The Satiety Score: Useful in Reducing Calories and Losing Body Weight

In my quest for nutrition information I have researched a lot. Mario Kratz, Phd, has a Youtube channel that I watch called “NourishedByScience”. He has published some really convincing arguments for understanding weight gain and how to reverse it. One of his theories is that we will naturally eat until we no longer feel hungry. Different meals can vary in the number of calories consumed, which has a direct bearing on weight gain. A meal can be satiating, where we stop early, and therefore consume less calories. Another meal can take a lot more food to make us feel full, therefore increasing calorie consumption and therefore gain weight. This is what he calls the satiety index

There are 3 factors involved in satiety: 1) high protein content, 2) high fiber content, 3) Low energy density (number of calories per gram of food). High protein is certainly satiating. It is quite difficult to overeat protein because you naturally feel full and then naturally stop eating. High fiber will also quickly fill you up.

The most complex of the three is energy density. Low energy density foods have a lot of water for their weight, such as vegetables, and will contain low calories, which will reduce fat gain. Conversely high energy density such as nuts also come with a lot of calories. Pure oils, fats, starch, carbs and sugars are energy dense, and therefore a lot of calories per gram. High energy dense foods are low in water and high in fats, protein and carbs. Nuts and seeds have a high energy density and therefore should be limited. If you overeat them you can add many extra calories in a small amount of food, thus increasing weight gain.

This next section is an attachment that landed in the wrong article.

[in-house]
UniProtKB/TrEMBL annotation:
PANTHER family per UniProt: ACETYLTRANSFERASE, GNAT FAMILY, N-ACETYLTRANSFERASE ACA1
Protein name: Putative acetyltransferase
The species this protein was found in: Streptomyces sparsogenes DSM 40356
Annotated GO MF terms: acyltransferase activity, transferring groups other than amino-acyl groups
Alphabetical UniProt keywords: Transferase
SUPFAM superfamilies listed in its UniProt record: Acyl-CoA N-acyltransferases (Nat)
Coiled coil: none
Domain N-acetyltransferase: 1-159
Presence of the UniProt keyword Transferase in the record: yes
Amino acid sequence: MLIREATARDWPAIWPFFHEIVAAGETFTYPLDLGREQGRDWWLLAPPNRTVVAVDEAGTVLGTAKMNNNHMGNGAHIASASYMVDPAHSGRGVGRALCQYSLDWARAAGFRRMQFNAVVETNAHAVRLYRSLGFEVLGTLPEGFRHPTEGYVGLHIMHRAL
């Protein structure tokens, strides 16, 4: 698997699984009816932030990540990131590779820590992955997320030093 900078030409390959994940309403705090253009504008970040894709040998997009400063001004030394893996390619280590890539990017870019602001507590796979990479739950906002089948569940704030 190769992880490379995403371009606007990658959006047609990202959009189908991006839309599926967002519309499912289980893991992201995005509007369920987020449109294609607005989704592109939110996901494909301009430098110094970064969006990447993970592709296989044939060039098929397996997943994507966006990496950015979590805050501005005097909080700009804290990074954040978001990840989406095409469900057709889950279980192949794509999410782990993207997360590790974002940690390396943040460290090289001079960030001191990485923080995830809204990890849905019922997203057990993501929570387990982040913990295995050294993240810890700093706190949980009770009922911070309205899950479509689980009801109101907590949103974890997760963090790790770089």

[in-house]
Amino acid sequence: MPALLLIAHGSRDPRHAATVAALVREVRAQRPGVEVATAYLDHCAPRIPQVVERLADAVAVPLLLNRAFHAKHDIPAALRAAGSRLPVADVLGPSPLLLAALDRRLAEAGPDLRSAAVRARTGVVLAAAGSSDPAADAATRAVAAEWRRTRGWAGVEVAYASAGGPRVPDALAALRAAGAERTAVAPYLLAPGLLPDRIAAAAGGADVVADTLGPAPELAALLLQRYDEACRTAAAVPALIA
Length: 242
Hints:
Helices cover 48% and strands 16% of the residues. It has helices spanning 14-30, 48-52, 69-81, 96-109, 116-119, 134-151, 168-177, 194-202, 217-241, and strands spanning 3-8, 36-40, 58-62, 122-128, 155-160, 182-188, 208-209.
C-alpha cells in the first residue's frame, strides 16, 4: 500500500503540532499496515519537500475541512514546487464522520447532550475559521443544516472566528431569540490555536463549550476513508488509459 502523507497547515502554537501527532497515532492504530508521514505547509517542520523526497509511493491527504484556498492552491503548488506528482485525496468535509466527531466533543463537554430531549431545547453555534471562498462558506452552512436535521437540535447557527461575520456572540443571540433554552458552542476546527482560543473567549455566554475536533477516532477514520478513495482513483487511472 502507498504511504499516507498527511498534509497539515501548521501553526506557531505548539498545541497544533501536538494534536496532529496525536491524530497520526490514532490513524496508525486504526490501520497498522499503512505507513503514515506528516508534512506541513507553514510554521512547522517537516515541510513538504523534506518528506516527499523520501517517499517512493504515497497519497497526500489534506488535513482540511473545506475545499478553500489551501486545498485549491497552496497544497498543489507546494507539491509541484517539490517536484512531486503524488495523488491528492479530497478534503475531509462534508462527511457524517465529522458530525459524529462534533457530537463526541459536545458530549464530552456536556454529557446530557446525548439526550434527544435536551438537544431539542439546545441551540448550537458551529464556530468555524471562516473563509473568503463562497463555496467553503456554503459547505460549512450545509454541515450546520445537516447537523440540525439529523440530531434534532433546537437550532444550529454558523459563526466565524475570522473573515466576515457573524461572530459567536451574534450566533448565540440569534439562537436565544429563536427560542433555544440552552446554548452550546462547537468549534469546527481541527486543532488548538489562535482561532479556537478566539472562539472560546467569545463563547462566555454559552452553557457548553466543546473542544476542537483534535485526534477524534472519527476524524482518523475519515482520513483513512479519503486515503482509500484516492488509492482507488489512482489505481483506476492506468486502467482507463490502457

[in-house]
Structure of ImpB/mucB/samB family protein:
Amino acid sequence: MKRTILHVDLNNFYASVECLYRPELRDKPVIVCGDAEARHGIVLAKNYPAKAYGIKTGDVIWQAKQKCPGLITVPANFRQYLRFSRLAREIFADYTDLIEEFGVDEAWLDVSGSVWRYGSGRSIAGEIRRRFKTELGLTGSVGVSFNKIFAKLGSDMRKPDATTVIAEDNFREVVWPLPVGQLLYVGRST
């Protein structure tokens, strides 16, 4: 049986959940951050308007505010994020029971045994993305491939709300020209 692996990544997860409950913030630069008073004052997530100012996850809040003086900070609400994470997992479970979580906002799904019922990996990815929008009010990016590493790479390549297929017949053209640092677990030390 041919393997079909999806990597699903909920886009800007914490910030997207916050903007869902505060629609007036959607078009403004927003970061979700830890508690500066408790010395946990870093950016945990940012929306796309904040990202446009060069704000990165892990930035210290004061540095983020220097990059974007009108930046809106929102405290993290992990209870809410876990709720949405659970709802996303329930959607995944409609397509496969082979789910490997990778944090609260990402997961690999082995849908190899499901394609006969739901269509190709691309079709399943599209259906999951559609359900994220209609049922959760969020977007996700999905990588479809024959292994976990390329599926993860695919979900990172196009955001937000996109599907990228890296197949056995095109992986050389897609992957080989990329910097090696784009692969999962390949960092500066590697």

Choose a meal higher in protein, high in fiber and low in energy density and you will feel satiated with less food, eat less calories and therefore have less of a problem with weight gain. All this, without counting calories and still feeling satiated. Conversely choosing foods that are lower in protein, less fiber and with higher energy density, and you will need more food to feel full, which means eating more calories, which promotes weight gain. Over a long period of time this can have a huge effect on weight gain.

22:00″Foods with a high satiety score generally are expected to spontaneously lower our overall calorie intake, without us counting calories or paying any attention to calories, while foods with a lower satiety score will likely lead to higher calorie intake.”

If you wish to lose weight, eat foods with a satiety score of 50 or more.

This is not a diet, per say, but a different way of selecting what you eat in a meal so that you reduce calories while still feeling full. This method of eating seems more flexible than keto, and encourages fiber, while discouraging oils.

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